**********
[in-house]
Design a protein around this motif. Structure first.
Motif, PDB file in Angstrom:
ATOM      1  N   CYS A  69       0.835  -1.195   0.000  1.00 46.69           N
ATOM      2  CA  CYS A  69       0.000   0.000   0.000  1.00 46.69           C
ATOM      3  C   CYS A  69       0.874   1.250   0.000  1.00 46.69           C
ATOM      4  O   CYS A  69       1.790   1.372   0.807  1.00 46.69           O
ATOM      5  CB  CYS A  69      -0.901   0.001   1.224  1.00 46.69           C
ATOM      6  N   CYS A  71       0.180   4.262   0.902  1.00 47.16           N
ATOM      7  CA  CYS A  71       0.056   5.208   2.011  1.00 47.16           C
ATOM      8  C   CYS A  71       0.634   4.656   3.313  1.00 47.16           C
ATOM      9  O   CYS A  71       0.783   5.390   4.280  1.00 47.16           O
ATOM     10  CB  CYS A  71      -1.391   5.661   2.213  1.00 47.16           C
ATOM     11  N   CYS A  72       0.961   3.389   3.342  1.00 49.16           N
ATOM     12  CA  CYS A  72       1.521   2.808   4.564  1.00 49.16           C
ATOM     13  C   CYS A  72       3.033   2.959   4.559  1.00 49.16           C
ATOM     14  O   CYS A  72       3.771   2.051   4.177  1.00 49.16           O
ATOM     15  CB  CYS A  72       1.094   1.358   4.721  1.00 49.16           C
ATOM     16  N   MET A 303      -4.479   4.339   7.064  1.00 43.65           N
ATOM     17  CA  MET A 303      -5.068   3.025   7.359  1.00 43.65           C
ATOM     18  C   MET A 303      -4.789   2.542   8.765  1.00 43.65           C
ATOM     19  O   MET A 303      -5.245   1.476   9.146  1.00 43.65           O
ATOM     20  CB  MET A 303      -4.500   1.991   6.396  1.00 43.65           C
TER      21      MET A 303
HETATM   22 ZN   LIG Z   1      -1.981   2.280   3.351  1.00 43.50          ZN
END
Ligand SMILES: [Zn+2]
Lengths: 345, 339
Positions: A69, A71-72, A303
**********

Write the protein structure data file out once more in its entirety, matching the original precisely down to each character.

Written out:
[in-house]
Design a protein around this motif. Structure first.
Motif, PDB file in Angstrom:
ATOM      1  N   CYS A  69       0.835  -1.195   0.000  1.00 46.69           N
ATOM      2  CA  CYS A  69       0.000   0.000   0.000  1.00 46.69           C
ATOM      3  C   CYS A  69       0.874   1.250   0.000  1.00 46.69           C
ATOM      4  O   CYS A  69       1.790   1.372   0.807  1.00 46.69           O
ATOM      5  CB  CYS A  69      -0.901   0.001   1.224  1.00 46.69           C
ATOM      6  N   CYS A  71       0.180   4.262   0.902  1.00 47.16           N
ATOM      7  CA  CYS A  71       0.056   5.208   2.011  1.00 47.16           C
ATOM      8  C   CYS A  71       0.634   4.656   3.313  1.00 47.16           C
ATOM      9  O   CYS A  71       0.783   5.390   4.280  1.00 47.16           O
ATOM     10  CB  CYS A  71      -1.391   5.661   2.213  1.00 47.16           C
ATOM     11  N   CYS A  72       0.961   3.389   3.342  1.00 49.16           N
ATOM     12  CA  CYS A  72       1.521   2.808   4.564  1.00 49.16           C
ATOM     13  C   CYS A  72       3.033   2.959   4.559  1.00 49.16           C
ATOM     14  O   CYS A  72       3.771   2.051   4.177  1.00 49.16           O
ATOM     15  CB  CYS A  72       1.094   1.358   4.721  1.00 49.16           C
ATOM     16  N   MET A 303      -4.479   4.339   7.064  1.00 43.65           N
ATOM     17  CA  MET A 303      -5.068   3.025   7.359  1.00 43.65           C
ATOM     18  C   MET A 303      -4.789   2.542   8.765  1.00 43.65           C
ATOM     19  O   MET A 303      -5.245   1.476   9.146  1.00 43.65           O
ATOM     20  CB  MET A 303      -4.500   1.991   6.396  1.00 43.65           C
TER      21      MET A 303
HETATM   22 ZN   LIG Z   1      -1.981   2.280   3.351  1.00 43.50          ZN
END
Ligand SMILES: [Zn+2]
Lengths: 345, 339
Positions: A69, A71-72, A303